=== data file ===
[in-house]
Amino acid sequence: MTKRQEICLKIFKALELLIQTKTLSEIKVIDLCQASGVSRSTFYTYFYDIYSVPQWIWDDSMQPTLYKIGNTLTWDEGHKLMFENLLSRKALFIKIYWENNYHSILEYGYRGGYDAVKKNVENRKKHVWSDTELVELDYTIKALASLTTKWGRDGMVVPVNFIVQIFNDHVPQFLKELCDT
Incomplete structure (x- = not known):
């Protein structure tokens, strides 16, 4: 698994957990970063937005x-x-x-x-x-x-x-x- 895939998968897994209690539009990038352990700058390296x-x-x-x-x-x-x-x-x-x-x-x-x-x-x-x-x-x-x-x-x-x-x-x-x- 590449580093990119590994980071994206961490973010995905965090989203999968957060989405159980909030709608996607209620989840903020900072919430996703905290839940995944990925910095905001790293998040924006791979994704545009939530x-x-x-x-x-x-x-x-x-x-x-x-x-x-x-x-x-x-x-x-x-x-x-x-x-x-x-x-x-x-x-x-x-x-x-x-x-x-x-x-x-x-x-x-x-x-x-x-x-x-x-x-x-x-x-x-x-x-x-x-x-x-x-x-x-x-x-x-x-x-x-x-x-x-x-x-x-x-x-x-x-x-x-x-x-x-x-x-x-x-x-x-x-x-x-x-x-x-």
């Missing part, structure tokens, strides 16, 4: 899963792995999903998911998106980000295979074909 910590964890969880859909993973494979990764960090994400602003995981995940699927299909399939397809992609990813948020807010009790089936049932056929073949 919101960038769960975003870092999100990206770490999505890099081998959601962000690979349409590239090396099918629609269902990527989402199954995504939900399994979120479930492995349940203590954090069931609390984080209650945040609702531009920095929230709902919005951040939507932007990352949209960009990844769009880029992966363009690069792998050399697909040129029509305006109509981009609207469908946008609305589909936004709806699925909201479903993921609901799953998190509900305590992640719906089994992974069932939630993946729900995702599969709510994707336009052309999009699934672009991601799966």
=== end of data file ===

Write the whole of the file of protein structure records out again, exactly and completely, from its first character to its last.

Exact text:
[in-house]
Amino acid sequence: MTKRQEICLKIFKALELLIQTKTLSEIKVIDLCQASGVSRSTFYTYFYDIYSVPQWIWDDSMQPTLYKIGNTLTWDEGHKLMFENLLSRKALFIKIYWENNYHSILEYGYRGGYDAVKKNVENRKKHVWSDTELVELDYTIKALASLTTKWGRDGMVVPVNFIVQIFNDHVPQFLKELCDT
Incomplete structure (x- = not known):
């Protein structure tokens, strides 16, 4: 698994957990970063937005x-x-x-x-x-x-x-x- 895939998968897994209690539009990038352990700058390296x-x-x-x-x-x-x-x-x-x-x-x-x-x-x-x-x-x-x-x-x-x-x-x-x- 590449580093990119590994980071994206961490973010995905965090989203999968957060989405159980909030709608996607209620989840903020900072919430996703905290839940995944990925910095905001790293998040924006791979994704545009939530x-x-x-x-x-x-x-x-x-x-x-x-x-x-x-x-x-x-x-x-x-x-x-x-x-x-x-x-x-x-x-x-x-x-x-x-x-x-x-x-x-x-x-x-x-x-x-x-x-x-x-x-x-x-x-x-x-x-x-x-x-x-x-x-x-x-x-x-x-x-x-x-x-x-x-x-x-x-x-x-x-x-x-x-x-x-x-x-x-x-x-x-x-x-x-x-x-x-």
């Missing part, structure tokens, strides 16, 4: 899963792995999903998911998106980000295979074909 910590964890969880859909993973494979990764960090994400602003995981995940699927299909399939397809992609990813948020807010009790089936049932056929073949 919101960038769960975003870092999100990206770490999505890099081998959601962000690979349409590239090396099918629609269902990527989402199954995504939900399994979120479930492995349940203590954090069931609390984080209650945040609702531009920095929230709902919005951040939507932007990352949209960009990844769009880029992966363009690069792998050399697909040129029509305006109509981009609207469908946008609305589909936004709806699925909201479903993921609901799953998190509900305590992640719906089994992974069932939630993946729900995702599969709510994707336009052309999009699934672009991601799966």